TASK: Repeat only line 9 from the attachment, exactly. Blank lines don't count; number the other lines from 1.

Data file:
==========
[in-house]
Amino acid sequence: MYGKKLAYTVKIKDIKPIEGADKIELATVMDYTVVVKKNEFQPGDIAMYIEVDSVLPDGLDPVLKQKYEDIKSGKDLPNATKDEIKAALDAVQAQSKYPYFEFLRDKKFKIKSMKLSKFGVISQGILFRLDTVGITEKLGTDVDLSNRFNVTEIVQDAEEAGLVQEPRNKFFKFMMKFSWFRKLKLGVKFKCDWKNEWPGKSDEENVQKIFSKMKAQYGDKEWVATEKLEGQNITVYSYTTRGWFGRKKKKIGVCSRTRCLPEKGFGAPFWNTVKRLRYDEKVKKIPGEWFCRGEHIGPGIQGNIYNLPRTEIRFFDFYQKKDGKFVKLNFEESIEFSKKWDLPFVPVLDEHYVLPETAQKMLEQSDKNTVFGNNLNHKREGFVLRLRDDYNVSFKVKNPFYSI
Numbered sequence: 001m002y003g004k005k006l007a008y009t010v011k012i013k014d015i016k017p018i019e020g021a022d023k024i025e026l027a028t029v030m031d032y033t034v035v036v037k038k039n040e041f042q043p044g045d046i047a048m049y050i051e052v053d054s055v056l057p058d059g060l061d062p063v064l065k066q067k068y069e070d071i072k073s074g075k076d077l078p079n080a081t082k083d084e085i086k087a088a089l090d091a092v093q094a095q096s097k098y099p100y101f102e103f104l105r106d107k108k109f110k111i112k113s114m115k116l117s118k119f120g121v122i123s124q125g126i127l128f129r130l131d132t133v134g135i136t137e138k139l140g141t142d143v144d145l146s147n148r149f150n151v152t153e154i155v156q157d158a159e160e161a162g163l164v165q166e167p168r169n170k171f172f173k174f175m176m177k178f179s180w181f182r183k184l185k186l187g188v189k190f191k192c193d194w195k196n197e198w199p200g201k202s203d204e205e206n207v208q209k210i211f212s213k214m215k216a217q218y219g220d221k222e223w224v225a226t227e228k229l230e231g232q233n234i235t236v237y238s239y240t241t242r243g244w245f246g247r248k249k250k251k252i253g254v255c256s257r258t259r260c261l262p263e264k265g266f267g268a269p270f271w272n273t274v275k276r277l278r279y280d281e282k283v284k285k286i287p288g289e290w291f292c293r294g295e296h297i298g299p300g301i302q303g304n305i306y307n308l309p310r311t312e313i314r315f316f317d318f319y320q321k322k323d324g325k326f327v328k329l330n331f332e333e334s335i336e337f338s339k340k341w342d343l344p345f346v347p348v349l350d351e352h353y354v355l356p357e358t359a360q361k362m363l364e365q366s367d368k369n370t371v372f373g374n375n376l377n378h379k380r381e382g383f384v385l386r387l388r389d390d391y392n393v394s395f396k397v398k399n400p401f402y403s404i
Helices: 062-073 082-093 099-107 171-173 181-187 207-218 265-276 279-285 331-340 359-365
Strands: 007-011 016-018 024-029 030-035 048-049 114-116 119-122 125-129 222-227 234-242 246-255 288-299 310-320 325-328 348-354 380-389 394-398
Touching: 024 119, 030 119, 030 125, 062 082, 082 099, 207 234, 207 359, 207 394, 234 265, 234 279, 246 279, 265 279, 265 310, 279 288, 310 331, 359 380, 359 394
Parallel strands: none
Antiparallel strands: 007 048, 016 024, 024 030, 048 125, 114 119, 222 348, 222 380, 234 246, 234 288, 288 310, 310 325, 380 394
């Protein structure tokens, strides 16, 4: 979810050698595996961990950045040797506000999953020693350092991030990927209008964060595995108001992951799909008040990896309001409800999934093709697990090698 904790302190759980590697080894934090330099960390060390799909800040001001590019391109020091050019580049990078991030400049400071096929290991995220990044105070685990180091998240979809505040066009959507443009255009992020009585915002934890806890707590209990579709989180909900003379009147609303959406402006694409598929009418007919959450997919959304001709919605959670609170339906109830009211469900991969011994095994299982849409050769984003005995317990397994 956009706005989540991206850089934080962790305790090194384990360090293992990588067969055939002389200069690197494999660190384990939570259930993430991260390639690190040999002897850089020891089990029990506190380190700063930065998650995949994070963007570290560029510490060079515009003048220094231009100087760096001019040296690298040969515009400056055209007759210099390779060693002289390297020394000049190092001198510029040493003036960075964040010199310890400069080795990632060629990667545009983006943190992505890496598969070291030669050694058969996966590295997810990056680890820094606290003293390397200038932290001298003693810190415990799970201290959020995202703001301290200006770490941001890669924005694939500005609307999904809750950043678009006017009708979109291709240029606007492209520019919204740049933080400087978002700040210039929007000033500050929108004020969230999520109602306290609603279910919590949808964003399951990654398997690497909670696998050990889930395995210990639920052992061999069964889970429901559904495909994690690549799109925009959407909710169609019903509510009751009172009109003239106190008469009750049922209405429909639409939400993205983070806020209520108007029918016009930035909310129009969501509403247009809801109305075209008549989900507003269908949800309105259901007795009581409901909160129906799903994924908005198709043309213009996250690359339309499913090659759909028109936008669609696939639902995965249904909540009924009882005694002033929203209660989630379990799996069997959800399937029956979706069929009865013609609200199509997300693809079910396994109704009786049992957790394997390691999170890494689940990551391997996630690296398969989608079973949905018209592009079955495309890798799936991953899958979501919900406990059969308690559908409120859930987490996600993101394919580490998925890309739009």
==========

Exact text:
């Protein structure tokens, strides 16, 4: 979810050698595996961990950045040797506000999953020693350092991030990927209008964060595995108001992951799909008040990896309001409800999934093709697990090698 904790302190759980590697080894934090330099960390060390799909800040001001590019391109020091050019580049990078991030400049400071096929290991995220990044105070685990180091998240979809505040066009959507443009255009992020009585915002934890806890707590209990579709989180909900003379009147609303959406402006694409598929009418007919959450997919959304001709919605959670609170339906109830009211469900991969011994095994299982849409050769984003005995317990397994 956009706005989540991206850089934080962790305790090194384990360090293992990588067969055939002389200069690197494999660190384990939570259930993430991260390639690190040999002897850089020891089990029990506190380190700063930065998650995949994070963007570290560029510490060079515009003048220094231009100087760096001019040296690298040969515009400056055209007759210099390779060693002289390297020394000049190092001198510029040493003036960075964040010199310890400069080795990632060629990667545009983006943190992505890496598969070291030669050694058969996966590295997810990056680890820094606290003293390397200038932290001298003693810190415990799970201290959020995202703001301290200006770490941001890669924005694939500005609307999904809750950043678009006017009708979109291709240029606007492209520019919204740049933080400087978002700040210039929007000033500050929108004020969230999520109602306290609603279910919590949808964003399951990654398997690497909670696998050990889930395995210990639920052992061999069964889970429901559904495909994690690549799109925009959407909710169609019903509510009751009172009109003239106190008469009750049922209405429909639409939400993205983070806020209520108007029918016009930035909310129009969501509403247009809801109305075209008549989900507003269908949800309105259901007795009581409901909160129906799903994924908005198709043309213009996250690359339309499913090659759909028109936008669609696939639902995965249904909540009924009882005694002033929203209660989630379990799996069997959800399937029956979706069929009865013609609200199509997300693809079910396994109704009786049992957790394997390691999170890494689940990551391997996630690296398969989608079973949905018209592009079955495309890798799936991953899958979501919900406990059969308690559908409120859930987490996600993101394919580490998925890309739009």